If you haven’t checked in on the rest of this website lately, you’re in for a treat. Thanks to Midjourney and Photoshop, I’ve just completed a TOTAL VISUAL REBOOT of Arlam Online. Every single webpage now features custom artwork depicting scenes from A Sea Sought in Song.

As a writer, it’s so difficult for me to convey the contents of a 400-page novel—let alone a 1,500-page series—in any other medium, because half the joy is in the reading journey. Disparate snippets of text simply can’t encapsulate the experience of immersion you get from an actual live novel. But good illustration really can transmit a vibe.

So go ahead: click around the site and feast your eyes!


As I continue roughing out the overall shape of Book 4, I thought I’d reflect on the high-level structure of the first three installments in “Seed of Glory Sown in Sorrow.” Here are their respective tables of contents, side by side:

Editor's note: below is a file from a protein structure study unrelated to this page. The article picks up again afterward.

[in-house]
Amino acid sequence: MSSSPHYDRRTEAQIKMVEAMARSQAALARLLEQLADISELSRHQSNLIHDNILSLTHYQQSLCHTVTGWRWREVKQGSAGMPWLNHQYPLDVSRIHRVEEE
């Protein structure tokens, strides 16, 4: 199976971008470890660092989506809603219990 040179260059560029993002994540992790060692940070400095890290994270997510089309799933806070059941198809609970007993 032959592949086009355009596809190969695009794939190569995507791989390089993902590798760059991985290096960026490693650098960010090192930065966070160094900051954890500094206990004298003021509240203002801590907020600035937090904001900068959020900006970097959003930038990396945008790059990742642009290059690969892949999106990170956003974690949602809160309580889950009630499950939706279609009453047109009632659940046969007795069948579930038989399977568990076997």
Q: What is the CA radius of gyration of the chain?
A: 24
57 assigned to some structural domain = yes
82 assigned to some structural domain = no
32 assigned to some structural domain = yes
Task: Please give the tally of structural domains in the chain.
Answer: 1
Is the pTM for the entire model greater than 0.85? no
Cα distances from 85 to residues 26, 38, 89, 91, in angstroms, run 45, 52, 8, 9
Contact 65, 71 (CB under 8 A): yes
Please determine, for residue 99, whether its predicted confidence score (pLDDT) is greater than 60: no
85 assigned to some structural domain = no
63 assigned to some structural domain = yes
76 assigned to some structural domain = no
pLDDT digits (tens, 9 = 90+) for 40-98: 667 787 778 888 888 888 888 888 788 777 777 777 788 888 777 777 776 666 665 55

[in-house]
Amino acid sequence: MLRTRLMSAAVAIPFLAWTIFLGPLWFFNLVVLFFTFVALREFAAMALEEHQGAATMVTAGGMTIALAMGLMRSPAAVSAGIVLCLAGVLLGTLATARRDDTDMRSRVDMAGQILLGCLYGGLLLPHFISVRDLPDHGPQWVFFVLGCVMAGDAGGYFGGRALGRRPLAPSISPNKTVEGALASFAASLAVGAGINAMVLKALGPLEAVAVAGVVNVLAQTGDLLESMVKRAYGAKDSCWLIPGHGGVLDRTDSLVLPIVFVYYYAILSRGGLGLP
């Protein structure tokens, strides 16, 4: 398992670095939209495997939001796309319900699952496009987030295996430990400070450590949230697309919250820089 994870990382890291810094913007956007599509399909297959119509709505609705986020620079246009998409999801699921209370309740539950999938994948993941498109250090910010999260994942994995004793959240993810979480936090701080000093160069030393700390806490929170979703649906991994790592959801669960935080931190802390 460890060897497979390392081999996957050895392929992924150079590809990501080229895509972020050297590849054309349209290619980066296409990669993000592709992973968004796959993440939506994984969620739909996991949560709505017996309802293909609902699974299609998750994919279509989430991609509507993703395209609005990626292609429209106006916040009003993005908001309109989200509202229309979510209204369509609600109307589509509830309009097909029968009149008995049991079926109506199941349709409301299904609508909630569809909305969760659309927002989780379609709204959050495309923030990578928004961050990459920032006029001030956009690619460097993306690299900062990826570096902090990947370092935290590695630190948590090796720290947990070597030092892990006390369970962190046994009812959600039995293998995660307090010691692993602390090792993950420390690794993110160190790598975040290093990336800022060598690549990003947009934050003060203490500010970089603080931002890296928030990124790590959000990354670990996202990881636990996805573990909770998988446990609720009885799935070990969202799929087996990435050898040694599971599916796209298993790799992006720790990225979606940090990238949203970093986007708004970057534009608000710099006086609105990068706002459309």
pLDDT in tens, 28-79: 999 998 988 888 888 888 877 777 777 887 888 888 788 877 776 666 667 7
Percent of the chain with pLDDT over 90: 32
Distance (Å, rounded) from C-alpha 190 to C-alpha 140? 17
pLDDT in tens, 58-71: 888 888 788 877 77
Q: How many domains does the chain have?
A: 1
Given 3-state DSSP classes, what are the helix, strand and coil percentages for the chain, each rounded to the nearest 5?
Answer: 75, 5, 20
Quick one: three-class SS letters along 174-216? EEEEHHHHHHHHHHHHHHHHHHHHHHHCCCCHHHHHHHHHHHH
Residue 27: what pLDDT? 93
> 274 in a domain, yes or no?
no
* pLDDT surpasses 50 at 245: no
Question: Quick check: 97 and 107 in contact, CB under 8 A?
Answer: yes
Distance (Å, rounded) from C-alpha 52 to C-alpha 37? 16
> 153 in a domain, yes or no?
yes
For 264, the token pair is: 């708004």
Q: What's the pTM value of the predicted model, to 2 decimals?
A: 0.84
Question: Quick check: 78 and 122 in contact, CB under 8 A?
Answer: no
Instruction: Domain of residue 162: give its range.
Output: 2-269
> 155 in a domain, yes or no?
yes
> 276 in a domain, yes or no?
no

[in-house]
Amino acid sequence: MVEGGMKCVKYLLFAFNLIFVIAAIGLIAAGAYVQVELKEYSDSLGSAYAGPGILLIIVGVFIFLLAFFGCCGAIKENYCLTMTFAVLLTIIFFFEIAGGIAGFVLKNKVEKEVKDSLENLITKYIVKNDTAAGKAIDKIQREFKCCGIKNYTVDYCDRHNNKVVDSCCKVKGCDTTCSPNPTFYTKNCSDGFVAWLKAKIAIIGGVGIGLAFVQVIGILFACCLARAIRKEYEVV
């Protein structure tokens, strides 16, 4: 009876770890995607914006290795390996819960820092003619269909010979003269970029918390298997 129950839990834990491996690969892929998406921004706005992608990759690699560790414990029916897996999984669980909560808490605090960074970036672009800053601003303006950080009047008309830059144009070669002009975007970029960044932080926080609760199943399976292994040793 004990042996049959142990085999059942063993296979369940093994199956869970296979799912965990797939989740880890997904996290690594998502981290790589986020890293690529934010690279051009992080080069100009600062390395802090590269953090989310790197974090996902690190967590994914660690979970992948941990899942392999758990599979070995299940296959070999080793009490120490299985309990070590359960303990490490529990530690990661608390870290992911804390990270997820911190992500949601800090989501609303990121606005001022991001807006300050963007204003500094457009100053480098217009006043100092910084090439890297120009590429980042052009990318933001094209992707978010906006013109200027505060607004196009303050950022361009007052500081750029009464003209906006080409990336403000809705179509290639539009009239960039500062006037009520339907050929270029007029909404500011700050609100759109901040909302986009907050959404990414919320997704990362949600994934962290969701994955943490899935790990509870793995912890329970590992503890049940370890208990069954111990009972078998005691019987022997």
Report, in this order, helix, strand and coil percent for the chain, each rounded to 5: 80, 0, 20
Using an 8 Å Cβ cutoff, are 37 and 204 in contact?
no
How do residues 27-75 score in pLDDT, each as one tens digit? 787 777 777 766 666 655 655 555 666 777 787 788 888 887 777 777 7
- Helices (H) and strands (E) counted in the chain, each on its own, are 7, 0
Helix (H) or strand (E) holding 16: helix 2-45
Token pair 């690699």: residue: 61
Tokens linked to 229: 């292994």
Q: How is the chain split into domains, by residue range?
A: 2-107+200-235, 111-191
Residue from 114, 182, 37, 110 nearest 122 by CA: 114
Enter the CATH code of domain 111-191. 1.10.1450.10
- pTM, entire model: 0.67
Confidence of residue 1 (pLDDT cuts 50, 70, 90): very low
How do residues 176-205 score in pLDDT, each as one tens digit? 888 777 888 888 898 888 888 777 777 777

I approach narrative structure the same way I approach poetry: I want it to rhyme. It pleases me to pull back from the grit and grime of scene-level trenches and see them as but components of a greater and more beautiful whole. It’s my imprint, my signature as the storyteller.

So. Each novel begins with an Epigraph: a five-stanza poem which immediately sets the mood—priming readers for what’s to come, and persuading them to take it seriously (I put effort into this, dangit! it’s more than a dimestore pulp!). Book 1’s epigraph, which you can read right here right now(!), is a series of quatrains in trochaic tetrameter, but the other epigraphs vary in their poetic structure. (Deep lore: the novels’ titles are taken, respectively, from each of the lines in the opening stanza of Book 4’s Epigraph.)